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Affirmative action struck down by nation’s top court

By GLORIA J. BROWNE-MARSHALL | 4/24/2014, 10:26 a.m.
Justice Clarence Thomas and Justice Sonia Sotomayor

Given this Schuette decision, the Fisher case will probably come back before the court next year with limited predictions of success. However, even in the Texas case, affirmative action was still considered a legal way to create diversity in higher education. Now that the court has allowed Michigan to use a statewide referendum to ban affirmative action, other states such as Texas are proposing similar amendments to their constitutions.

Justice Antonin Scalia, joined by Clarence Thomas, the only African-American justice, upheld Prop 2. They found that as long as there was no racially discriminatory purpose in Michigan’s Prop 2 referendum, then it is legal. However, finding evidence of a racially discriminatory purpose in a statewide anti-affirmative action referendum is a difficult task.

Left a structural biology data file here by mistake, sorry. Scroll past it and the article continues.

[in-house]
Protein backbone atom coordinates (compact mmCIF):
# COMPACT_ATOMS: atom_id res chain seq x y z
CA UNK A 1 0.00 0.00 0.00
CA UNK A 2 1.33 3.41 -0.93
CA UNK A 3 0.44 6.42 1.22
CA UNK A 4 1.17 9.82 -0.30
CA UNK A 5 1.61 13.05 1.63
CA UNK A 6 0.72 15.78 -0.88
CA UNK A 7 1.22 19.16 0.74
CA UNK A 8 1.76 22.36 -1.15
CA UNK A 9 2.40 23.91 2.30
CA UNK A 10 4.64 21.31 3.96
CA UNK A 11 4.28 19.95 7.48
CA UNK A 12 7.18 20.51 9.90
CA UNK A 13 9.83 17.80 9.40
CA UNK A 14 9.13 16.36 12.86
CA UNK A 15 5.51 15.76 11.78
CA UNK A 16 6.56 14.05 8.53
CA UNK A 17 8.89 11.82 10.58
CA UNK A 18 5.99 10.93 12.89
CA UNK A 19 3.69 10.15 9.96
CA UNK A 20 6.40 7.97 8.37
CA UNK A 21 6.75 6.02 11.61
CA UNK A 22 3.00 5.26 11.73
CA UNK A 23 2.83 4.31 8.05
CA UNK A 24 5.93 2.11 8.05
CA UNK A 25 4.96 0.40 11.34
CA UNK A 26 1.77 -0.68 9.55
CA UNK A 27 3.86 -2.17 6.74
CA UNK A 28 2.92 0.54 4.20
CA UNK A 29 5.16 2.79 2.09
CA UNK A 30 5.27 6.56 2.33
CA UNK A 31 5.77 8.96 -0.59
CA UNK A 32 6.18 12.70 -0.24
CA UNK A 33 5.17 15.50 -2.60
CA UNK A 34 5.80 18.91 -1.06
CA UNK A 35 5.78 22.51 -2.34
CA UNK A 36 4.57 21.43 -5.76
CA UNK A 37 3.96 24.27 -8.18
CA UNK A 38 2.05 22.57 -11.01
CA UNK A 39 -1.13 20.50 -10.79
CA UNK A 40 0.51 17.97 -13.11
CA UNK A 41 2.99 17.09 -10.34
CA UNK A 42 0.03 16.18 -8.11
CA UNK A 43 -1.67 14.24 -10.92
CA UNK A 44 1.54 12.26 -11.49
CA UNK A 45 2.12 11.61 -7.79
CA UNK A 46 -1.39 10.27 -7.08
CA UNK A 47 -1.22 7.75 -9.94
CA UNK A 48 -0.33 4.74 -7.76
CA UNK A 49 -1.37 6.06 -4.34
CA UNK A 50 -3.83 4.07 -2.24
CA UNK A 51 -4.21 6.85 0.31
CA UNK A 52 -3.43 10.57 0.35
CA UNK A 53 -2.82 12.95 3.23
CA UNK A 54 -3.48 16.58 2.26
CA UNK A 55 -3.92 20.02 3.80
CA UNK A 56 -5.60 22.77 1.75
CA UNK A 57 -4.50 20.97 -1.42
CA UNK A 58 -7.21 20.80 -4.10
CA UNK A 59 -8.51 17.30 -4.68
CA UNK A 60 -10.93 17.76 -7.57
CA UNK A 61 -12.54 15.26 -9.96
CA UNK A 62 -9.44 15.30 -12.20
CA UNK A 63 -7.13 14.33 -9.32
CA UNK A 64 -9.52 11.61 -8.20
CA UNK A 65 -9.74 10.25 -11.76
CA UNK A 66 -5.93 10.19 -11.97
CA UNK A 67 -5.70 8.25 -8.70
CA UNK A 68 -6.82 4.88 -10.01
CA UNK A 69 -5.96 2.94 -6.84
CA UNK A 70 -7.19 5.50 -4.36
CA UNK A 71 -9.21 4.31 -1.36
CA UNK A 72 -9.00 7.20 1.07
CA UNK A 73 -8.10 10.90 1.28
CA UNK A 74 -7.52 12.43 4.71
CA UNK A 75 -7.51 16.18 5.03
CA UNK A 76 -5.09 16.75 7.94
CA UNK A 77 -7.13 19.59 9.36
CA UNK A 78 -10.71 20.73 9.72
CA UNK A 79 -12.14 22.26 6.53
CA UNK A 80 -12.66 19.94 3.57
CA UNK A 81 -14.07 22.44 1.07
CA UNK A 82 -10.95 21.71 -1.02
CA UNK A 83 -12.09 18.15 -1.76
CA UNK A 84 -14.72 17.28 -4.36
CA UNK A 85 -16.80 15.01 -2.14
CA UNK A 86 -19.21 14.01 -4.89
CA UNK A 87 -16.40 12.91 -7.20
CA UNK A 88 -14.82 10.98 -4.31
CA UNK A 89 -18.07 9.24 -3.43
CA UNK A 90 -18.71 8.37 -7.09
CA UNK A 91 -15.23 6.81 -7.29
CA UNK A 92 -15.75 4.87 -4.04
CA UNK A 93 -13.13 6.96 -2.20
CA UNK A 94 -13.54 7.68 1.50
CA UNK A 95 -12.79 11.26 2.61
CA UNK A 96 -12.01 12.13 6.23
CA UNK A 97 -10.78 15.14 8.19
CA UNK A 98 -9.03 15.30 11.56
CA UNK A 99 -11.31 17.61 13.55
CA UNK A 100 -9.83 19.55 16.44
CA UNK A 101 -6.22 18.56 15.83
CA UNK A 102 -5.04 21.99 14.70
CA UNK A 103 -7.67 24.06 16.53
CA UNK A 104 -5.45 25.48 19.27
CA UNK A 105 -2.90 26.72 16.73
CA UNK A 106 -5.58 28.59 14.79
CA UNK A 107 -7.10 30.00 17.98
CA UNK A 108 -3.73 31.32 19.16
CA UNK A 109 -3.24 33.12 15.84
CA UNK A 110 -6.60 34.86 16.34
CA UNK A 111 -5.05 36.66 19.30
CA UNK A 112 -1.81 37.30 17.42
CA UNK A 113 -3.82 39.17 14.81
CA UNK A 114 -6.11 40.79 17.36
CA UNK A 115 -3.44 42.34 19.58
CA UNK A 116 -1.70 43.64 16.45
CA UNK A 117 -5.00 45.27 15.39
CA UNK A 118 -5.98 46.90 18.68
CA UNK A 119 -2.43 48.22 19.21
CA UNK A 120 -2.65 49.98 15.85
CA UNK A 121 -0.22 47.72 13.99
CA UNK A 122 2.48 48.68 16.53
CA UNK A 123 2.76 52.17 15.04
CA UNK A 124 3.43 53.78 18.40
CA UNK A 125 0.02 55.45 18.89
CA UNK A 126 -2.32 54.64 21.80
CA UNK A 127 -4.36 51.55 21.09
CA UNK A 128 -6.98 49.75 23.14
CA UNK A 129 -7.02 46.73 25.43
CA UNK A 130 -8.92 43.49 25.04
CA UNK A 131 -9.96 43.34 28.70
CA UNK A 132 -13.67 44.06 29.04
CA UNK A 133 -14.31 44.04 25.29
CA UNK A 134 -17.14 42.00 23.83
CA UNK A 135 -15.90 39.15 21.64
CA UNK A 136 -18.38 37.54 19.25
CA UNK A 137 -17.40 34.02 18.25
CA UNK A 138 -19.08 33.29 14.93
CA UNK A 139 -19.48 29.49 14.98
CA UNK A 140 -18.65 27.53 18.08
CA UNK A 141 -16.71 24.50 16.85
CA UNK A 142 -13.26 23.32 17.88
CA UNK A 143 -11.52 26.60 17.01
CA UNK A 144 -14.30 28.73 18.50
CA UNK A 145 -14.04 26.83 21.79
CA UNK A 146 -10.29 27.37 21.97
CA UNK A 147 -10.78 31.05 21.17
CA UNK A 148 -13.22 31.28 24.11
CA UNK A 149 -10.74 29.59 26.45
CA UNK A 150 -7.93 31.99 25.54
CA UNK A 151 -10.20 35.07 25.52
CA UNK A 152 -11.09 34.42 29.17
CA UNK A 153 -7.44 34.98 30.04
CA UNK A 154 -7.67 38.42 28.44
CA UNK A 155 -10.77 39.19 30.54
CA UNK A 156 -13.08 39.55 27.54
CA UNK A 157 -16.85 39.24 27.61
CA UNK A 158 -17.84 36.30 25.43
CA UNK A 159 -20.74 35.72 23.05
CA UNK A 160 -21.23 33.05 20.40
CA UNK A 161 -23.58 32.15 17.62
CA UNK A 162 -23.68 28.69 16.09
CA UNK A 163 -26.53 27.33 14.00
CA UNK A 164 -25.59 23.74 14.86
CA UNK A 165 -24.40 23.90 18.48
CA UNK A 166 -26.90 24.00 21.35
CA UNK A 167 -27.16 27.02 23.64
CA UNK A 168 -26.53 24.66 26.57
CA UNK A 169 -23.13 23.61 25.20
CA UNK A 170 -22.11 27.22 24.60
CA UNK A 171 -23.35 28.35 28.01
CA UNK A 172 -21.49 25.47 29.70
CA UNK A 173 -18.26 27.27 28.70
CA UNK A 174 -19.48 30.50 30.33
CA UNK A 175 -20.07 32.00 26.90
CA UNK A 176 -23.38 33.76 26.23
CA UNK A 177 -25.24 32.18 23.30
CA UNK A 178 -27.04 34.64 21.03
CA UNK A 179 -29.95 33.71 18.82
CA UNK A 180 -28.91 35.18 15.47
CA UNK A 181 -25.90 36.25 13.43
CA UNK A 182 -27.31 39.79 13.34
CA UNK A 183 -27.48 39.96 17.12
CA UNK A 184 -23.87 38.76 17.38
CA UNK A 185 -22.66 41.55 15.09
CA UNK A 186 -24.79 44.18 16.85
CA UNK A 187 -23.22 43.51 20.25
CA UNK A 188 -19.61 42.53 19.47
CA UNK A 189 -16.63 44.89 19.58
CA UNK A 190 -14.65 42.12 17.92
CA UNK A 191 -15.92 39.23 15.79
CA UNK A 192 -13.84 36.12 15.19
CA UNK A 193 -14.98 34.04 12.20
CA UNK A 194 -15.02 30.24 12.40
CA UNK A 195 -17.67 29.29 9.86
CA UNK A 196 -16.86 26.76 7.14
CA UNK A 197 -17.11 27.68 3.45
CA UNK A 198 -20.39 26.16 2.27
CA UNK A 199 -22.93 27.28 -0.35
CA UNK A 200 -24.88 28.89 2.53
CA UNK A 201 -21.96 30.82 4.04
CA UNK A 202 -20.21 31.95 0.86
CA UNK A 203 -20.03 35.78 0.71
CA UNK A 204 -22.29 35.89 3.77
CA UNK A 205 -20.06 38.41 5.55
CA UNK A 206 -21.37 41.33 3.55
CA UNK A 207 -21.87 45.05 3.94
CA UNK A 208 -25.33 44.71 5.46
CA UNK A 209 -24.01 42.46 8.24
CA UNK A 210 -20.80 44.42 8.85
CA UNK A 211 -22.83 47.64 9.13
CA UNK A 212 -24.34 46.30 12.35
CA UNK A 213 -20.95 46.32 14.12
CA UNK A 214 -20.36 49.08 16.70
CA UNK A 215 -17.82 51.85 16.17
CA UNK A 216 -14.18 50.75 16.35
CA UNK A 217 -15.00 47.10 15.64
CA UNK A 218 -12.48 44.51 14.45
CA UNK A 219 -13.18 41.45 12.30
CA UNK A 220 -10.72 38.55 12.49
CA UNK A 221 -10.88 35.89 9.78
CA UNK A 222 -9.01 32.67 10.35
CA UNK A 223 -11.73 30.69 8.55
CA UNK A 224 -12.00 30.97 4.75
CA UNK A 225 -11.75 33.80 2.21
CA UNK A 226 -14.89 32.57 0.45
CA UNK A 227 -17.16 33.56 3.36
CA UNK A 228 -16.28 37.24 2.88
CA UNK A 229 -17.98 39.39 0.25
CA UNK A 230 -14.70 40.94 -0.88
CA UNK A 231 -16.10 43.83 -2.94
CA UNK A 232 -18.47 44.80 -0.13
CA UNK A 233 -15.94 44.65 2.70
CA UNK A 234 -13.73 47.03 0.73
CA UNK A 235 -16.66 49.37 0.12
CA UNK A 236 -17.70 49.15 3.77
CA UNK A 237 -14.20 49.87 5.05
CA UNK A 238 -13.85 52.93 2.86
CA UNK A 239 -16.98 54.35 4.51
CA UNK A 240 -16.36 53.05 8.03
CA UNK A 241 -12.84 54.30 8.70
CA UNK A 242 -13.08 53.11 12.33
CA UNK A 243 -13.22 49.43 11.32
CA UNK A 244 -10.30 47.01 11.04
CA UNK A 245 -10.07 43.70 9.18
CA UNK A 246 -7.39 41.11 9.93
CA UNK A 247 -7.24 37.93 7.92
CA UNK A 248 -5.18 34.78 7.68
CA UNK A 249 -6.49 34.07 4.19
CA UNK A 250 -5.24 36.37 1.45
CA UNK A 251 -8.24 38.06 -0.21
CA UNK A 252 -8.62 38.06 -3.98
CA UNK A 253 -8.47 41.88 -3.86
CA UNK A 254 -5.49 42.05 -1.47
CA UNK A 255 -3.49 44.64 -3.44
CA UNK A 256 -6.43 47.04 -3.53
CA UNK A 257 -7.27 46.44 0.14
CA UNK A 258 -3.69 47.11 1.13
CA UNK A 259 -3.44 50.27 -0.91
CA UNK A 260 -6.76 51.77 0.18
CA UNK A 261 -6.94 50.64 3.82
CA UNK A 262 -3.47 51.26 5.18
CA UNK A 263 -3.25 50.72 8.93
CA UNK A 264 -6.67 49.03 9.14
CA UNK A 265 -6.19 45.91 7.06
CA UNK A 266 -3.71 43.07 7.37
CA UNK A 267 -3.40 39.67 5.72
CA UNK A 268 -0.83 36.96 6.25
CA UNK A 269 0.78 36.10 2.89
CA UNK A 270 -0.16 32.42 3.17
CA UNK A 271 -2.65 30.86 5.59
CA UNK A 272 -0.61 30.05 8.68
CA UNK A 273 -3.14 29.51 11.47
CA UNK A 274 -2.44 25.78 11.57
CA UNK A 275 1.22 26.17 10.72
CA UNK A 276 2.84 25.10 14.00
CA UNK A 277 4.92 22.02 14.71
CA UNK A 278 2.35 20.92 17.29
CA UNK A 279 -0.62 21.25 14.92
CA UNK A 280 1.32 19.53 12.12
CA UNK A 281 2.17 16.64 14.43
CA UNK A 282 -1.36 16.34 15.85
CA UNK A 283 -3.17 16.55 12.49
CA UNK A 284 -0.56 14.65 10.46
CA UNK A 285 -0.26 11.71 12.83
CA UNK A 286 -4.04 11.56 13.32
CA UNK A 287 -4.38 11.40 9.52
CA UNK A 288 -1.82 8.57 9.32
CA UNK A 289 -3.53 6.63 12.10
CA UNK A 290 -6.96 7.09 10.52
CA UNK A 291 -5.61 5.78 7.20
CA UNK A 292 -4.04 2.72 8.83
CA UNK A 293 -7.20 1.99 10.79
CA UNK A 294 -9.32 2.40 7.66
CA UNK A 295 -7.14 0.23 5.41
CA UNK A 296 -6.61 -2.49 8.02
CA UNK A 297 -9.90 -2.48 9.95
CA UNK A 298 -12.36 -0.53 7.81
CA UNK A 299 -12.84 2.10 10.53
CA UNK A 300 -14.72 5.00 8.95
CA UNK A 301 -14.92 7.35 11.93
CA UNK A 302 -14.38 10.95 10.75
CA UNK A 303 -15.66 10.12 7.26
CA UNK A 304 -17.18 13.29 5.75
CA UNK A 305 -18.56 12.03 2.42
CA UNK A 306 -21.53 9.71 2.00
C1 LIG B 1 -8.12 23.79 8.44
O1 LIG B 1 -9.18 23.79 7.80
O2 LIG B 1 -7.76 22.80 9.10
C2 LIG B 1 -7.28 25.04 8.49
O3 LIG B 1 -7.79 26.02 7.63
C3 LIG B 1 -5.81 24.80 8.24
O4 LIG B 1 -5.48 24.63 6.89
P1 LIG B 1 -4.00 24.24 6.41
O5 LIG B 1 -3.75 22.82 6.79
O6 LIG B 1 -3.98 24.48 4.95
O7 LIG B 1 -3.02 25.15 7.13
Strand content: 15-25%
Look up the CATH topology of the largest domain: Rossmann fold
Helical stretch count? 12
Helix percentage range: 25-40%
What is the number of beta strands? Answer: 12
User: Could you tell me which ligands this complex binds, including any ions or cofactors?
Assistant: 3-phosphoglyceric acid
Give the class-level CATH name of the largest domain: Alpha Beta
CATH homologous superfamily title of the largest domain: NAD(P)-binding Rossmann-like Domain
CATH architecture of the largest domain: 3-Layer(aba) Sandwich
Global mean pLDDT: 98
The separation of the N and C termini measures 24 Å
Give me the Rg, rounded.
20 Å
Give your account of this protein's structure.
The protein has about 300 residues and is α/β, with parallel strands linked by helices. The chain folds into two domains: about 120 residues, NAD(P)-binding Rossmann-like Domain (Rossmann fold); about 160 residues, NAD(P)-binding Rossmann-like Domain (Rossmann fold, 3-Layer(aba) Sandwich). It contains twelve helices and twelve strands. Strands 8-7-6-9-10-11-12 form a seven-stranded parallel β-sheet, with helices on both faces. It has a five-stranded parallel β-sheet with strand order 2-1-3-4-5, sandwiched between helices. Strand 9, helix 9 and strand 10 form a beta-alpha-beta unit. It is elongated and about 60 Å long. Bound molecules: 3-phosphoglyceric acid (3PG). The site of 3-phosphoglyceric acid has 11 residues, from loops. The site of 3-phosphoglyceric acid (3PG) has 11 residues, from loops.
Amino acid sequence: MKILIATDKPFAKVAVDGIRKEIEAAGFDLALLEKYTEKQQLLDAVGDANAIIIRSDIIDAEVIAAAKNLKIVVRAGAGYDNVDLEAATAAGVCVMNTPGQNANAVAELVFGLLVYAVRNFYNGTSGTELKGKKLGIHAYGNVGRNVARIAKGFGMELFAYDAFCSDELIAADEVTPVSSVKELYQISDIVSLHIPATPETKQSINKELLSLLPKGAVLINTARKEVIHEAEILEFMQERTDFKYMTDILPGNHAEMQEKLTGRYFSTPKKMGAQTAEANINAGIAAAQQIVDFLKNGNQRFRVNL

This year marks the 50th anniversary of the 1964 Civil Rights Act. That act protected people based on race, sex, national origin and color. The majority of voters in Michigan seem to believe this is now a post-race era, where programs such as affirmative action are no longer necessary. The court’s decision in the Schuette case says if the majority votes America is post-race, then their vote rules.


Gloria J. Browne-Marshall, an associate professor of constitutional law at John Jay College in New York City, is a writer and the author of “Race, Law, and American Society: 1607 to Present.” She reports on the U.S. Supreme Court, United Nations and national legal issues. Follow her on Twitter @GbrowneMarshall.